This is an important decade for Generation X. Poised to take over as the new world policy-makers, it’s time for them to assess what they’ve learned and apply it to the culture at large.
Art is of course a part of culture, and when you look at important milestones for the American branch of Gen X artists, Yale’s 1986 MFA class is considered the first (and possibly largest) contribution from this oft maligned group. John Currin, Sean Landers, and Richard Phillips helped to make this one of the deepest MFA classes Yale has ever seen.
Lisa Yuskavage wasn’t the only female alum from this class, but at times if felt as if she was the only counter-balance to what was often perceived as a rowdy boys club. That’s not to say that Yuskavage was ever antagonistic towards her classmates, in fact quite the opposite. After school, she moved to New York City with Landers and Currin, and they continued the dialogue that they had developed in school, eventually helping to bring figurative painting back into art world favor.
Arguably the most talented artist from the class of ’86, Yuskavage recently mounted her fourth exhibition at the David Zwirner Gallery, up through June 15th. Many are hailing it as a watershed exhibition for the 53-year-old, mostly because the male figure makes its début in her new series of paintings and drawings, and yet this development is merely the next injection of foils and references for the feminist message that Ms. Yuskavage was offering us all along.
Upon entering the gallery, visitors meet what could be considered a classic Yuskavage in the form of a glowing emerald diptych titled Bonfire, 2013-15. The imagery in this large-scale oil painting presents the sort of sapphic dreamworld Ms. Yuskavage has become known for: A clandestine realm strewn with comically drawn women and girls in various states of undress, signifying a sort of communal ideal of mankind (or rather, womankind) living as one with nature. It’s a vision that Ms. Yuskavage has mastered. Curvy rococo figures frolic in the distance while a set of stoic and symmetrical twin teens loom in the foreground like sphinxes at the ancient gate of a mythic city. Ms. Yuskavage’s Bonfire is the kind of exquisite blend of proto-modern European and post-modern American styles and references that we’ve come to take for granted in her work, which is perhaps why the artist has begun to change directions.
Further into the exhibition, it becomes clear that Ms. Yuskavage is up to something new. Mardi Gras Honeymoon, 2015 takes the unfamiliar form of two nude lovers who are electrically engaged through eye contact. The subject sounds cliché in its description and was probably sourced from a cheesy 70’s porn image, but from this base Ms. Yuskavage goes on to build a fantastic image; one which employs a coterie of ghosts from paintings past. The two figures in the painting, who straddle a bench, actively balance each other while twisting toward and honing in on each other at the same time.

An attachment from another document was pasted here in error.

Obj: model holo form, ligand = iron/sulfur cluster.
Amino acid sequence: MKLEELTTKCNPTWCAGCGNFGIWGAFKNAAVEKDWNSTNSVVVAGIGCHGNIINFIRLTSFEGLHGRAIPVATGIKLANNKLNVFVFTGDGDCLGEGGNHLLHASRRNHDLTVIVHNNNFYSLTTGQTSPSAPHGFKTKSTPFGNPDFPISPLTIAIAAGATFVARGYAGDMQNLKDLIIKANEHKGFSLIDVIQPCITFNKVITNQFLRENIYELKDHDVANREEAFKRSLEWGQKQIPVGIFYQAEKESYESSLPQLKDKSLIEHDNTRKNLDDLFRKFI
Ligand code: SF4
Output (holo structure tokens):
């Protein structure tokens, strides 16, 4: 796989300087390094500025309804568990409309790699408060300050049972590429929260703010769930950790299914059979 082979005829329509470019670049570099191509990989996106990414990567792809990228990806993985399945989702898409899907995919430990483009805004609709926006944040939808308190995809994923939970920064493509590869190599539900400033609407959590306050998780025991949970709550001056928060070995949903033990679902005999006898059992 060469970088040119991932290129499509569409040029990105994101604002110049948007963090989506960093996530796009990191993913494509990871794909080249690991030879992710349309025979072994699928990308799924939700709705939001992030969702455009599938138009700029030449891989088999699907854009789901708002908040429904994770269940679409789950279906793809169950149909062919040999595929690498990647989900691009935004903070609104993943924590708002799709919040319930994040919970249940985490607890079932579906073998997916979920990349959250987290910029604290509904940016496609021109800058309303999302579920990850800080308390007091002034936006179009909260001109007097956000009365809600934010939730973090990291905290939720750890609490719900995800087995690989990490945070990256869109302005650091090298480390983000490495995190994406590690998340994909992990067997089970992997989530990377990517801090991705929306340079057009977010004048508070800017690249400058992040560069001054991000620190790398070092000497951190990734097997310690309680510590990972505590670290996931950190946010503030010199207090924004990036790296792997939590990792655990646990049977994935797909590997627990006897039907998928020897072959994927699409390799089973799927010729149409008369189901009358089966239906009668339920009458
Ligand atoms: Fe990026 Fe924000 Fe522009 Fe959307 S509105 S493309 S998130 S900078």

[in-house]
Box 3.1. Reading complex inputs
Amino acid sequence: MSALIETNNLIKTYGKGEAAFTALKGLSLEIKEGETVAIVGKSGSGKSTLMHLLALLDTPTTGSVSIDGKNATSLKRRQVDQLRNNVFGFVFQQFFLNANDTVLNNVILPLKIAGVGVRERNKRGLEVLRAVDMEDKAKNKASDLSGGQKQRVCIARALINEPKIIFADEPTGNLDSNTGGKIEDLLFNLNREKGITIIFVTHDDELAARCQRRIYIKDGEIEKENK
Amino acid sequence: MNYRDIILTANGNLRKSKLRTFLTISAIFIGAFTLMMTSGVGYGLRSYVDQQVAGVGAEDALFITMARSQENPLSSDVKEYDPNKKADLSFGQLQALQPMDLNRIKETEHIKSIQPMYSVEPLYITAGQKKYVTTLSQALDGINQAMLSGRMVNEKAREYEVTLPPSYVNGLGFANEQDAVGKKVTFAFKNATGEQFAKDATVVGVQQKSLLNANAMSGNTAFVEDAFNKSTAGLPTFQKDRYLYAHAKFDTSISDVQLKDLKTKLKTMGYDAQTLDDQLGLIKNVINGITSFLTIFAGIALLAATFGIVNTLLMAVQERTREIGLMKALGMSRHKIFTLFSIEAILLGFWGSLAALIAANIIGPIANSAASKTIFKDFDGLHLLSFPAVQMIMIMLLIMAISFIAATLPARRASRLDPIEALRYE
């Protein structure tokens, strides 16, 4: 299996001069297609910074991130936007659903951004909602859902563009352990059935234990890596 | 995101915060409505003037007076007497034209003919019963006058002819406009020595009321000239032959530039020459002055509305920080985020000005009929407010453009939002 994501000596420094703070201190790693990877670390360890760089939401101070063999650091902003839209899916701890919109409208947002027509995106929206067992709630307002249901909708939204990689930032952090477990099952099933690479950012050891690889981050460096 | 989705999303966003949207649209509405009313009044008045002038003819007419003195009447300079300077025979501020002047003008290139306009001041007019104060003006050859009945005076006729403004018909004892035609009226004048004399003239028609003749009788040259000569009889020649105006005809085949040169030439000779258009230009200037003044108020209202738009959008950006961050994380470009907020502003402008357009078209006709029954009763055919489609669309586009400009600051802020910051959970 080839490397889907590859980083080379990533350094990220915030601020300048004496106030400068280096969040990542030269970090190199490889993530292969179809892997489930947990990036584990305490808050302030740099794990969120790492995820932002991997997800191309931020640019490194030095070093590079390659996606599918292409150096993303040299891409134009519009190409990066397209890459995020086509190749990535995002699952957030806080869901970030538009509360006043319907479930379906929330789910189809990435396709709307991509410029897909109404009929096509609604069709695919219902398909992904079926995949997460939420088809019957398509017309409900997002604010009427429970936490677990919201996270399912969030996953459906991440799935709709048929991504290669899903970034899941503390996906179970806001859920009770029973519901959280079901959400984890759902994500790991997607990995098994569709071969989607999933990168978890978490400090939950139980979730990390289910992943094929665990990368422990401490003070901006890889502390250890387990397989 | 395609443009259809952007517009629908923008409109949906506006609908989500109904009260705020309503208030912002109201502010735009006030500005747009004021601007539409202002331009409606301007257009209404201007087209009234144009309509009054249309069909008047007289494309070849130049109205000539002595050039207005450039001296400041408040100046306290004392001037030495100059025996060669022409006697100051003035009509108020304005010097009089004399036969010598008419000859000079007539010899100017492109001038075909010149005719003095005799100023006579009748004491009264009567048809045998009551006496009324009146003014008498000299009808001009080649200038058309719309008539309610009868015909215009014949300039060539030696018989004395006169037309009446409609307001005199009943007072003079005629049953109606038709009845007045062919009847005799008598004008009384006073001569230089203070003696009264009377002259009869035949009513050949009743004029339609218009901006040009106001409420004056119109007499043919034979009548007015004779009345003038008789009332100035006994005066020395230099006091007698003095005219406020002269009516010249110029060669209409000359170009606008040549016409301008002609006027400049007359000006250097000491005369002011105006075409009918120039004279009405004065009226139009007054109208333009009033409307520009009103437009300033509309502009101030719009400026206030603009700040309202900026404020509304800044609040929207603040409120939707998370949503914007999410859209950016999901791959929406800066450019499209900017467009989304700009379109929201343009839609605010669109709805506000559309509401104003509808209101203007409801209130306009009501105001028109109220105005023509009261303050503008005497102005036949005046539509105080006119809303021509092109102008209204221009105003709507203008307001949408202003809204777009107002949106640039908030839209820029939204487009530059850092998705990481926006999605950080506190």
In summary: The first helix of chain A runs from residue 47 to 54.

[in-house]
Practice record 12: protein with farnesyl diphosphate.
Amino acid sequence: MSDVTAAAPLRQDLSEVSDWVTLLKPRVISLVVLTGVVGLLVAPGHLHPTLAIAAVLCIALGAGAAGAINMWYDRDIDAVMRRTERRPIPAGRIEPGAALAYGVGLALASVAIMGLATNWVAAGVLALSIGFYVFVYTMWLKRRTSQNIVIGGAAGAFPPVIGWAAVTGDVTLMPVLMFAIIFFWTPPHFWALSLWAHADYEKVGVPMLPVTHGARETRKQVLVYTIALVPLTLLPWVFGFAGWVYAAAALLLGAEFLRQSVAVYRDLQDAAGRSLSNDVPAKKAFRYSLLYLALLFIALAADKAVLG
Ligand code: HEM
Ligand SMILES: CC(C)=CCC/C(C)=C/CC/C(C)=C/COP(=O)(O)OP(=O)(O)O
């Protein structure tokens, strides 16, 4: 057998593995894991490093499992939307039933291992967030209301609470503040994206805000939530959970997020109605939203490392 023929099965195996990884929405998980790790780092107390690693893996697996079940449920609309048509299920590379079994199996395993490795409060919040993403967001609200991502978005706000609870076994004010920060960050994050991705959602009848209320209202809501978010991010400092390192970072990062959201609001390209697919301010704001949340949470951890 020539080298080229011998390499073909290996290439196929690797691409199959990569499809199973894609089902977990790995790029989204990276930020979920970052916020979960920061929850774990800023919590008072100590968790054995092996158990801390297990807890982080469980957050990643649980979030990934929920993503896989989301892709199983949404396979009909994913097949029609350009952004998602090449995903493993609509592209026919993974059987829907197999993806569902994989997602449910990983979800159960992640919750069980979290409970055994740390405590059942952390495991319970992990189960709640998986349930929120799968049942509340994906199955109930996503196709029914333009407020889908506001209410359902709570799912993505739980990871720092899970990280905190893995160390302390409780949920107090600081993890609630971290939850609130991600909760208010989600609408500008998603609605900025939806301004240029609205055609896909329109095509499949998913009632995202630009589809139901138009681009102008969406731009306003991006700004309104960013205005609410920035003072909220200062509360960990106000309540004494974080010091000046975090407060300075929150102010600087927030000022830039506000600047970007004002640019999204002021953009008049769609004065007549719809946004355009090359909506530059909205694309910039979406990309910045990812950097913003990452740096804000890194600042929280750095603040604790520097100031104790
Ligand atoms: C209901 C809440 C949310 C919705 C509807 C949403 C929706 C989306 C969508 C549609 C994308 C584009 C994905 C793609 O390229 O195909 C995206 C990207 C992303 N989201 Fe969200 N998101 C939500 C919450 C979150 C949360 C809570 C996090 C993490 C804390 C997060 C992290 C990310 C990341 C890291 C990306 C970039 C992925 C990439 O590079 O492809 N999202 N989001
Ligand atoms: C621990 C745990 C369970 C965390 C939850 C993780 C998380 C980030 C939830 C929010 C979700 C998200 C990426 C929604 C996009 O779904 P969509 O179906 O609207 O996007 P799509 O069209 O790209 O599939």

Colors are also highly emblematic in Ms. Yuskavage’s new paintings, many of which reference the Renaissance-era technique of cangiantismo: a painting style that monochromatically tints characters in order to signify their powers or leanings. This practice, in tandem with Ms. Yuskavage’s subtle sense of caricature, is startlingly effective. The rose-tinted girl (posed in front of her male counterpart) is the embodiment of youth, with both supple and gravity-defying parts that radiate curiosity and naiveté. In stark contrast, her grisaille suitor looks both hollow and ashen, his only proof of life a blonde head and beard of unkempt wisps. He is a symbol of the “burnt out” hippie whose idealism has led only to suffering, and he wears his pained expression like a scar that proves a past fraught with worry.
These and a multitude of other lovingly rendered details add up to a veritable litany of sexual signifiers that purportedly evolved between the 60s and 90s in America, yet which surely have their roots in a host of older–even ancient–cultures. As she continues to navigate her world, Ms. Yuskavage’s luminous oeuvre should serve as a marker of how this society first dared to show the way sex and nudity might be seen from a woman’s perspective, not to mention how male-oriented pornography could be smartly redirected. It’s a distinction that is, in the end, a towering accomplishment.